Three Critical AI Knowledge Areas
I spent years trying to learn about AI in order to find a place where I could contribute and be of value for enterprise AI efforts. During those years, I spent a lot of time researching on the web (there was much less information about AI in business back in 2012!), interviewing experts, and trying to determine where my nontechnical skills might find a fit.
When I look back, I could have been probably twenty times for effective with my efforts – I wish I had focused just on the three core areas that really matter for nontechnical AI experts – instead of flirting with coding and focusing on many areas of AI expertise that weren’t really of value.
If I think about why companies hire Emerj for their AI projects, and what kinds of knowledge people really pay me for (to speak at their events, to be involved in their AI product development projects, to help construct AI strategies or map the AI landscape in the sector), it breaks down to these three areas:
Conceptual Understanding of AI
How AI “Works”
A business person should have an understanding of what artificial intelligence is, and of how it can be applied to business problems.
Combined with use-case knowledge, this basic understanding of what AI is and how it works allows a nontechnical professional to look at a problem and have an intuition about the following questions:
- Is AI the right tool to apply to this problem?
- Do we have enough data and expertise to apply AI to this problem?
Basic AI Terms and Components
Understanding detailed linear algebra terms or the nuance differences between this and that kind of support vector machine isn’t necessary for 99% of nontechnical folks (myself included). That said, some basic terms deserve a strong conceptual understanding, including:
- Artificial intelligence and machine learning
- Supervised vs unsupervised learning
- Computer vision
- Natural language processing
The point isn’t to be able to tell data scientists what algorithms to use, or to understand Python code when you look at it. The point is to understand how AI works – and why your own AI needs might be, by understanding fundamental AI approaches and concepts.
(Note: Check out the AI Glossary Terms section of Emerj.com to learn more about terms and definitions – with useful examples.)
Use-case familiarity with AI is crucial. While a conceptual understanding is the right foundation, it’s important to be aware of a wide range of current AI applications within your sector – or even related sectors.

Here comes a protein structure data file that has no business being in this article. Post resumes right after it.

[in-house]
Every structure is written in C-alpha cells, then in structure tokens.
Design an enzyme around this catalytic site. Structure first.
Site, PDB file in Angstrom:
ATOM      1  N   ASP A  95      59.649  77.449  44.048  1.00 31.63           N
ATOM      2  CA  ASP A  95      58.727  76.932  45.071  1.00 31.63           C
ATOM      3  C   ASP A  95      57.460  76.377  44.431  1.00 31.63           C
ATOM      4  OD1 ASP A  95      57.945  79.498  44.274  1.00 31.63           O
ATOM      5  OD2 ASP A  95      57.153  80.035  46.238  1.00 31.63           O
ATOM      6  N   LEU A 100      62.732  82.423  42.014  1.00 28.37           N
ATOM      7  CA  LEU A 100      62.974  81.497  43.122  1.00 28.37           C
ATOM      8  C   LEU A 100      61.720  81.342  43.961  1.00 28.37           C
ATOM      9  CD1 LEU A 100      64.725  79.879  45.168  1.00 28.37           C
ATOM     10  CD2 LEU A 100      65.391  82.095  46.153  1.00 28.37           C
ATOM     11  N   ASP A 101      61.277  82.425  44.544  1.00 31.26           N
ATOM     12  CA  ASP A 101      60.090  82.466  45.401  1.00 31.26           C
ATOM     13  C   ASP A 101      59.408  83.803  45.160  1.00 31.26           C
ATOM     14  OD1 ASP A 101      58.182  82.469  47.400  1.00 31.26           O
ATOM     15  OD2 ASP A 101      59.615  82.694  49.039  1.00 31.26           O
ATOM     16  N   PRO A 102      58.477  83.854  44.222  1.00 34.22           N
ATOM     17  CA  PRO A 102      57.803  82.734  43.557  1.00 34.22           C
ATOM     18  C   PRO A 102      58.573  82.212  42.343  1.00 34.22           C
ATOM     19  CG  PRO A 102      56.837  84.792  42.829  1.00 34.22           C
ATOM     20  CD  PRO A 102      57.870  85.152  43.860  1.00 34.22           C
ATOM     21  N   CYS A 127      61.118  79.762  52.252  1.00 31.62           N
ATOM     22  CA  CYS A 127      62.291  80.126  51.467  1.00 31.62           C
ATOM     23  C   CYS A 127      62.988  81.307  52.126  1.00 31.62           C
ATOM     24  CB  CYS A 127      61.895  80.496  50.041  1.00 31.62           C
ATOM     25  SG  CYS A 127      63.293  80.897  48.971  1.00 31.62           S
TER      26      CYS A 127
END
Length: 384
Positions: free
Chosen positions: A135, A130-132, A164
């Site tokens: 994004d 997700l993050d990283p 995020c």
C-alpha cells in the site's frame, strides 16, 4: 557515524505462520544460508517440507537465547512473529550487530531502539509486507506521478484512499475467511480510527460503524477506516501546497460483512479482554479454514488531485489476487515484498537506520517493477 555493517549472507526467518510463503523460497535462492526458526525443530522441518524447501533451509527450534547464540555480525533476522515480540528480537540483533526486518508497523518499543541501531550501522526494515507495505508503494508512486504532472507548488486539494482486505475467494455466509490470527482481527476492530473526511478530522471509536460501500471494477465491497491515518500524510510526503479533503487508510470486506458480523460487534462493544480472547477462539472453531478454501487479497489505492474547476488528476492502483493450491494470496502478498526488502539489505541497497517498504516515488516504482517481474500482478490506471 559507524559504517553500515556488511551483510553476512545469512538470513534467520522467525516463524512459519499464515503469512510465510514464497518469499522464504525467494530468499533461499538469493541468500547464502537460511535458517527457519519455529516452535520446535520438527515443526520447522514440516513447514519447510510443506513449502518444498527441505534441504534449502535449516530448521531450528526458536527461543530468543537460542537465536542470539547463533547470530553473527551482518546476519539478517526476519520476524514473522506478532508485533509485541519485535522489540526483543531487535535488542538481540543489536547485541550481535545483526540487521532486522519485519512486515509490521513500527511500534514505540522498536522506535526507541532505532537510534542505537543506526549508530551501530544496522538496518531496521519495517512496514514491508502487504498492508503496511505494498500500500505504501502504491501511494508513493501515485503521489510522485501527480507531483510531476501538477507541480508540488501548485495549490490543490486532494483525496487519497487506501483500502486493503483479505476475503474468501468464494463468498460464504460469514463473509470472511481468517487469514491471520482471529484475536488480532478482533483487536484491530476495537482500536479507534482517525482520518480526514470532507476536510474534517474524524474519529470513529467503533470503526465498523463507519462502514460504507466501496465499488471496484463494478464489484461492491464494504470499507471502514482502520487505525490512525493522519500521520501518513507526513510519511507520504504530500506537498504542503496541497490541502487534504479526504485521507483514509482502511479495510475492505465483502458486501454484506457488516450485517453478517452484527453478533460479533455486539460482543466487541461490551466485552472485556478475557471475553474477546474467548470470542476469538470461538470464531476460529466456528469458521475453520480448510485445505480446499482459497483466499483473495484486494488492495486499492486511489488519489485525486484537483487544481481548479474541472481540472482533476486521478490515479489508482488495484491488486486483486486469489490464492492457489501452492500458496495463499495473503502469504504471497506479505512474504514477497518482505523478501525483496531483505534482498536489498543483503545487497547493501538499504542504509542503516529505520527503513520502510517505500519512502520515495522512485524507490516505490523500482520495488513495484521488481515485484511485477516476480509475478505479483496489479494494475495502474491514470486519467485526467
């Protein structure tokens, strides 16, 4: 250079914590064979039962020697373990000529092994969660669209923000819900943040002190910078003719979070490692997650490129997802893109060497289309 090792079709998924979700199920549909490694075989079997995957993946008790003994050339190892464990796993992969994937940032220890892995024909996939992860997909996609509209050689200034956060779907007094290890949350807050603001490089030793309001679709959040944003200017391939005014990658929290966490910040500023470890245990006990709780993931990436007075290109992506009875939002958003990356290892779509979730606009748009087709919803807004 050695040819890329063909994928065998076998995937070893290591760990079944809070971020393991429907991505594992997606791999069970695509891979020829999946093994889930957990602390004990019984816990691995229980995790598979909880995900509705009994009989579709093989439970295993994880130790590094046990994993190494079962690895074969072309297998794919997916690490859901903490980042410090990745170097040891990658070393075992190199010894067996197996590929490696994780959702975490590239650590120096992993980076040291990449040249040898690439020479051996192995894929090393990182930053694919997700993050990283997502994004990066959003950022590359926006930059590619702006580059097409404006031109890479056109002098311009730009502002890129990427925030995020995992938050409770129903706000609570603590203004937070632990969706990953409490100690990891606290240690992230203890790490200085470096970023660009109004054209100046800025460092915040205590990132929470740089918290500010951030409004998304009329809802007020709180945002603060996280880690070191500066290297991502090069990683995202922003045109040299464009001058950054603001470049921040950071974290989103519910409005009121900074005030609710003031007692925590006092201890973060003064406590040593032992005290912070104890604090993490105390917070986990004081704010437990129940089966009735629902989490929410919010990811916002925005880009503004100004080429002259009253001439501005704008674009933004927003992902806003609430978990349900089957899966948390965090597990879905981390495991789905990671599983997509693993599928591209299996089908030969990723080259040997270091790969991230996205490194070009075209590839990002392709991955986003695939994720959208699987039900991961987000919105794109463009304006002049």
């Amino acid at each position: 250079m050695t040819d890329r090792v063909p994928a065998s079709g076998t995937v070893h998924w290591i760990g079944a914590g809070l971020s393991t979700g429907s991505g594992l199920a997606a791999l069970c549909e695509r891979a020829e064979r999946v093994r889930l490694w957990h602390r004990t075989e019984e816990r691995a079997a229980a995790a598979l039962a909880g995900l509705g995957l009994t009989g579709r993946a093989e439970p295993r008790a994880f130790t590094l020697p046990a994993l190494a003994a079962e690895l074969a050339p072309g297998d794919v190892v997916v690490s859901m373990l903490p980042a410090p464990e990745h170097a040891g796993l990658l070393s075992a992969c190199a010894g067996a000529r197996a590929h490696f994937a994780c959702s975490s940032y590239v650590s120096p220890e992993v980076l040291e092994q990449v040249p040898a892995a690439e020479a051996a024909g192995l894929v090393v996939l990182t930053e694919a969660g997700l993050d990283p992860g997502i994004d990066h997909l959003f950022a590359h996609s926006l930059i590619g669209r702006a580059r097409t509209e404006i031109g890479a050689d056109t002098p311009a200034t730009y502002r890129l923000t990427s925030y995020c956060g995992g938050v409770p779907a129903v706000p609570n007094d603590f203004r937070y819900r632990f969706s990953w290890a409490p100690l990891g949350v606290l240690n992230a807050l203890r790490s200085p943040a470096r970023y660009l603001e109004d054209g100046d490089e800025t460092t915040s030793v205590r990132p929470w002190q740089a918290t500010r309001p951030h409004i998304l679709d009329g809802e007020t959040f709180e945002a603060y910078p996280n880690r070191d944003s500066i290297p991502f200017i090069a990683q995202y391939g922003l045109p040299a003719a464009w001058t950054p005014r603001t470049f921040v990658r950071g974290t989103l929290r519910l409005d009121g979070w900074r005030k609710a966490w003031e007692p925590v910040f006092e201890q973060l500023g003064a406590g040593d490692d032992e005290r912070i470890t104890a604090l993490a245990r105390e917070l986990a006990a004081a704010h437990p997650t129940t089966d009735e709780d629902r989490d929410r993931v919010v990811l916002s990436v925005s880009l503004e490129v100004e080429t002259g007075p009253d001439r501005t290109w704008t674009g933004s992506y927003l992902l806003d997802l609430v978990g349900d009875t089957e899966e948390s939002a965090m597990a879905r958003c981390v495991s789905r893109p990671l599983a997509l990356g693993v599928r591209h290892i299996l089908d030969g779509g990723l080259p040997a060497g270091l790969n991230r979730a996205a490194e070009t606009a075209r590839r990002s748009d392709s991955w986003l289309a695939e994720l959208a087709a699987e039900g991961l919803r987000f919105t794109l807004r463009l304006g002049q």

In order to understand the actual ROI and adoption of these different use-cases (and to separate the hype from reality) – it’s important to examine use-cases from a few different vantage points:
- AI Vendors
- Who are the leading AI vendors in this sector?
- Which vendors have the most credible and numerous case studies?
- Which vendors have raised the most venture money – and do these well-funded firms have anything in common?
- Enterprise AI Applications
- Where are the Fortune 500 firms in this sector investing in AI?
- What applications are being built, and which are being bought?
- Across the AI applications in this sector, what are the new capabilities being enabled (i.e. the new actions or results available to the business, which are enabled primarily by AI)?
- Which business functions within this sector (sales, customer service, compliance, etc) are being impacted because of new AI functionality – and how?
The most value that I offer to the table as a nontechnical AI strategist and advisor is an understanding of what AI does, and where it’s really working, in other similar business situations. This is what we do with our AI Capability Map services – but it’s possible for business people to understand some of these basic ideas with their own independent research on Google.
How-to Knowledge about AI Adoption
Understanding and Preparing for Challenges
AI buzzwords are common – but practical information about applying and adopting AI is rare.
As a nontechnical professional it’s extremely important to have a grasp of what it takes to bring an AI project to life in a real business environment – that that’s a lot more than code. Here are some of the crucial understandings for nontechnical folks about preparing for challenges: